Perinatally HIV-infected youth presenting with acute stroke: Progression/evolution of ischemic disease on neuroimaging

Izlem Izbudak, Majid Chalian, Nancy Hutton, Visveshwar Baskaran, Lori Jordan, George K. Siberry, Philippe Gailloud, Allison L. Agwu

Research output: Contribution to journalArticle

Abstract

Background and purpose: Although HIV infection is decreasing in infants and children, there is a steady cohort of perinatally HIV-infected (PHIV) children that are growing older. Increased risk of acute stroke has been reported in PHIV children. Our goal was to evaluate evolution/progression of neuroimaging findings in PHIV youth initially presenting with acute stroke. Materials and methods: The medical records of PHIV pediatric patients (n= 179) from 1996 to 2010 were reviewed and patients with clinical documentation of acute stroke referred to the neuroradiology service were eligible for the study. Neuroimaging (brain CT, MRI, and MRA) and charts were evaluated; clinical and neuroimaging findings at the initial acute stroke and at the last presentation to the neuroradiology service were documented and analyzed. Results: Eight PHIV patients with clinical findings of acute stroke referred to the neuroimaging were identified. CT and MRI findings of infarction were found in all (8/8) patients in their first and/or last neuroimaging study; including basal ganglia-thalami (BGT) infarction (7/8), focal cortical infarction (4/8), and internal capsule infarction (4/8). Imaging depicted cortical atrophy (5/8), BGT calcification (3/8), and posterior reversible encephalopathy syndrome, wallerian degeneration, and periventricular white matter hyperintense T2 signal each in one patient. No tumors or infectious masses, cysts or abscesses were identified. Subsequent available neuroimaging revealed progression of the cerebrovascular disease in seven patients, 5/7 in the absence of new clinical signs or symptoms. Segmental occlusion, narrowing or narrowing/dilatation in the circle of Willis was found in 6/6 patients who underwent MR angiography and fusiform aneurysms were detected in three of them, a saccular aneurysm in one patient. Conclusion: Asymptomatic progression of cerebrovascular disease was found in PHIV adolescents with prior stroke. These findings may have implications for long-term risk and outcomes for this patient population. There should be a low threshold to evaluate for CNS pathology even with minor symptoms in this population. More studies are necessary to determine if there is a benefit from screening of asymptomatic patients.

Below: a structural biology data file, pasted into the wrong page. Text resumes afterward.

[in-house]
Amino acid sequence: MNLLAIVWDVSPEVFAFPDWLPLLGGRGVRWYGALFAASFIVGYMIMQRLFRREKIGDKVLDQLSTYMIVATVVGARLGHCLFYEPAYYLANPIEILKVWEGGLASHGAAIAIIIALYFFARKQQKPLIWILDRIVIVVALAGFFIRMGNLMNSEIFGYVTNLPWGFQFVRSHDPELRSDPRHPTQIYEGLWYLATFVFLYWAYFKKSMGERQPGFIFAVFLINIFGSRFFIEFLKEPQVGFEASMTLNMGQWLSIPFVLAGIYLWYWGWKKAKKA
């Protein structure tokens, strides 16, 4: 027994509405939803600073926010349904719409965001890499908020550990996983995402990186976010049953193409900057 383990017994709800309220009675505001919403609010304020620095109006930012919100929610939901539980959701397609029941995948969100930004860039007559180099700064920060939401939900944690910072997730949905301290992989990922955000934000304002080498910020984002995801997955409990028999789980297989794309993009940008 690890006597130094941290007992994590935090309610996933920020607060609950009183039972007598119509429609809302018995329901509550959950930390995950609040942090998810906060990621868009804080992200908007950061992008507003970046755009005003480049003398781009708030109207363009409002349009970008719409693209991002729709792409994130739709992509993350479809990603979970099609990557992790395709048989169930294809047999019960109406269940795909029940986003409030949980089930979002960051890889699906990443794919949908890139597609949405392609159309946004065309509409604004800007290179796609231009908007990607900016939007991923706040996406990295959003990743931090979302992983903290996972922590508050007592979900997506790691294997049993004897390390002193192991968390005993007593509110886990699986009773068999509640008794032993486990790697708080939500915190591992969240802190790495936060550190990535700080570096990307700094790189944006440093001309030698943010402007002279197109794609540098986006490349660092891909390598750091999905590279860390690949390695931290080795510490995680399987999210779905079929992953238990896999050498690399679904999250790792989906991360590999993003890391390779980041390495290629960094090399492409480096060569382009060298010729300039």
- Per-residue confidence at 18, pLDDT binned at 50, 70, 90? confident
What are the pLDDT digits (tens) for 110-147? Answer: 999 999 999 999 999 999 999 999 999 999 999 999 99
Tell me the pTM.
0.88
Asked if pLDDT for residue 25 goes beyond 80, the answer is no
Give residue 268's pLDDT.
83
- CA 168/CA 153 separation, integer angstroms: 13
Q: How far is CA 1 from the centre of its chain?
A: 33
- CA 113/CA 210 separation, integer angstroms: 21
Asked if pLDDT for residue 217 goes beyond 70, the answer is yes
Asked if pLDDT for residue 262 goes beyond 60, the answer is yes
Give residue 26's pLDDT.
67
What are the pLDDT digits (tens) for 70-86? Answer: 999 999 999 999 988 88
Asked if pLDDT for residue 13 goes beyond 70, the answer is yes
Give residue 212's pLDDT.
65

Original languageEnglish (US)
Pages (from-to)172-180
Number of pages9
JournalJournal of Neuroradiology
Volume40
Issue number3
DOIs
StatePublished - Jul 1 2013

Keywords

  • AIDS
  • Cerebrovascular accident
  • HIV
  • Imaging
  • Perinatal
  • Stroke

ASJC Scopus subject areas

  • Radiological and Ultrasound Technology
  • Radiology Nuclear Medicine and imaging
  • Clinical Neurology

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